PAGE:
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Delilah - Lucy's Journey - Part 3

Hello friends,

Half way into this quilt and with every stitch I fall more and more in love.
With each block completed, I drag all my blocks out again and lay them out. I posted this image recently on Instagram (@lucycarsonkingwell) of my 'Design Floor' to gauge where it's all heading and it's looking okay!!


Delilah has been a test - I have learnt many new skills and it is definitely the most technical quilt I have taken on to date... but it's not hard!
The templates are fantastic. I swear working with acrylic templates makes it quite challenging to go back to temp-plastic! These templates are ensuring my blocks come out correct, every time.

Month 5 brought us North Star. "Woo hoo. Straight lines!" I hear the masses cheer as they open their mail!
I knew it was time to start focusing on other colours other than pink and aqua. I tend to gravitate towards these two colours because they seem to go with everything to me... especially in the Liberty of London fabric selections!





But North Star gave me plenty of options to play around with. When making 5 of the one block, each time is an opportunity to play with placement of light and dark.
I used blocks with more controlled colour palettes here. My backgrounds were getting very busy, so with North Star I kept my background as one fabric per block. It really helps define the block pattern.




This last image was the first made and is my least favourite. I really dislike this block as a standalone, but I won't address this until the end as I think he will work... plus, I don't believe you have to LOVE every block for the quilt to be successful.



Month 6 is the block 'In Orbit'. I love, love, love this block!
It's fiddly at times but with careful cutting and following the instructions (yes... I know. Novel idea!) this block comes together without a hitch.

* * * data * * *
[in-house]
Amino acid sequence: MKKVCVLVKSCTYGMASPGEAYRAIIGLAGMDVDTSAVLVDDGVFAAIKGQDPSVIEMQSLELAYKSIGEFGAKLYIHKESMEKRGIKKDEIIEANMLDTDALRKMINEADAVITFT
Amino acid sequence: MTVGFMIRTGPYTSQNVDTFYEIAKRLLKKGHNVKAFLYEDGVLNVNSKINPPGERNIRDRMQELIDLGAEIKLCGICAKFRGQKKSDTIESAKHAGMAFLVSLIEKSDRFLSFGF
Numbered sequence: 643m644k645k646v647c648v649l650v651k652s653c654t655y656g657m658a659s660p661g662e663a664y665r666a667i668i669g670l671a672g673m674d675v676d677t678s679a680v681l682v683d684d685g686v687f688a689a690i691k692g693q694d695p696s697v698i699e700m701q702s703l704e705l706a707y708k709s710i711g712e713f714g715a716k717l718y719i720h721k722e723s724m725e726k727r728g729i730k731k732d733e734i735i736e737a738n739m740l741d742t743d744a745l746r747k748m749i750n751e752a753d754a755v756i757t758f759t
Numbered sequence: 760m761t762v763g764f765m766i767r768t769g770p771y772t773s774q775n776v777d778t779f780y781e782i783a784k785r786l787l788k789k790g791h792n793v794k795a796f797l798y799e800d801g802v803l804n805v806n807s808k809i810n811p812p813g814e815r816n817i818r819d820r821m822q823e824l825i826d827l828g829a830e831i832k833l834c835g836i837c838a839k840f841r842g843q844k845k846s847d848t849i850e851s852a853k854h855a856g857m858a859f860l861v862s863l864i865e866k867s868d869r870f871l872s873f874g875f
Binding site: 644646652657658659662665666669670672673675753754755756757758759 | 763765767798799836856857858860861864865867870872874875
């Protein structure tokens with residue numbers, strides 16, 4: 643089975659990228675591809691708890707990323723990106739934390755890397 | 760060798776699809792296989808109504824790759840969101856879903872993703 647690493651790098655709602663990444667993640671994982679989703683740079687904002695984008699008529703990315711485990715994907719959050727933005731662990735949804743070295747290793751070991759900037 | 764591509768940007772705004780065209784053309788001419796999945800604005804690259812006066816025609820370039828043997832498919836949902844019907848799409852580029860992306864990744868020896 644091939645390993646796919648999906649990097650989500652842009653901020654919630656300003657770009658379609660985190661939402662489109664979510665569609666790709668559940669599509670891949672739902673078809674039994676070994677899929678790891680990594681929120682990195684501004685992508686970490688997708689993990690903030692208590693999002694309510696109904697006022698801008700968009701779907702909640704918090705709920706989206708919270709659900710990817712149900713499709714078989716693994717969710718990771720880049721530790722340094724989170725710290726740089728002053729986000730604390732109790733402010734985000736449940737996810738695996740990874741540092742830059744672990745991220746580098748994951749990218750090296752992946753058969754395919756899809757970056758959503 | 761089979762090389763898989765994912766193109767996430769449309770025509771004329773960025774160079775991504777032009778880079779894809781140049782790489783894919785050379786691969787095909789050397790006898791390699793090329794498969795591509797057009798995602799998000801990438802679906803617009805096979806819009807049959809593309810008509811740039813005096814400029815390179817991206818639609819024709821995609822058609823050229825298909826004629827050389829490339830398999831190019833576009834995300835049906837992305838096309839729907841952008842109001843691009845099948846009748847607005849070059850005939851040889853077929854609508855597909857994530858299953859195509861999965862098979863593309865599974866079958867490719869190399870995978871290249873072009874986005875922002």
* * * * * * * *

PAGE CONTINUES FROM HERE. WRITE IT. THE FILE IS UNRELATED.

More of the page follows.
This block is a great place to showcase some larger scale prints, which was a focus of mine. I am hoping that these blocks, although still busy, they will give the eye a place to rest as they have a bit more of a uniform approach, like in the North Star blocks.





As I move through my Liberty selection for this quilt, I am starting to run out of my old faithfuls. This has never bothered me. In fact, this is when I start to have the most fun! I am not bothered if I run a little short - isn't that what patchwork is all about? Run out and make do?

Maybe it's just me but this is the charm of vintage quilts (if I had a dollar for every time I have said this!).

You can see in the block above and the block below - I ran a little short in places (the pink fabric above has 1 replacement piece and the background below has 3 replacement pieces).

I like to include this in all of my quilts but I try to let it come organically. I legit ran out of those fabrics because I thought I had enough of each for my plans... close, but no cigar!


The block below really illustrates how when a background is scrappy in this quilt, you can quickly lose the form of the block.

I still love this look. I love print on print, on print! But you do need breaks at times.
I guess I felt the break was over and after so much control in my approach to these two months, I threw caution to the wind!


This blog post isn't all block pictures.
It has come to my attention that acrylic templates aren't friends with everybody so I thought I would do a little tutorial on how to use your templates successfully regarding In Orbit.

This block has reverse templates, directional markings and Y seams so I can understand why some people's heads are spinning!

This is my approach. It is slightly different to Jen's pattern.
I will include as many hints and tips as I can think of along the way but to be honest, there's nothing complicated here. In fact - how I approach these blocks is all about eliminating possible complications!

ACRLIC TEMPLATES:
CUTTING TUTORIAL.
In Orbit - Month 6 - Delilah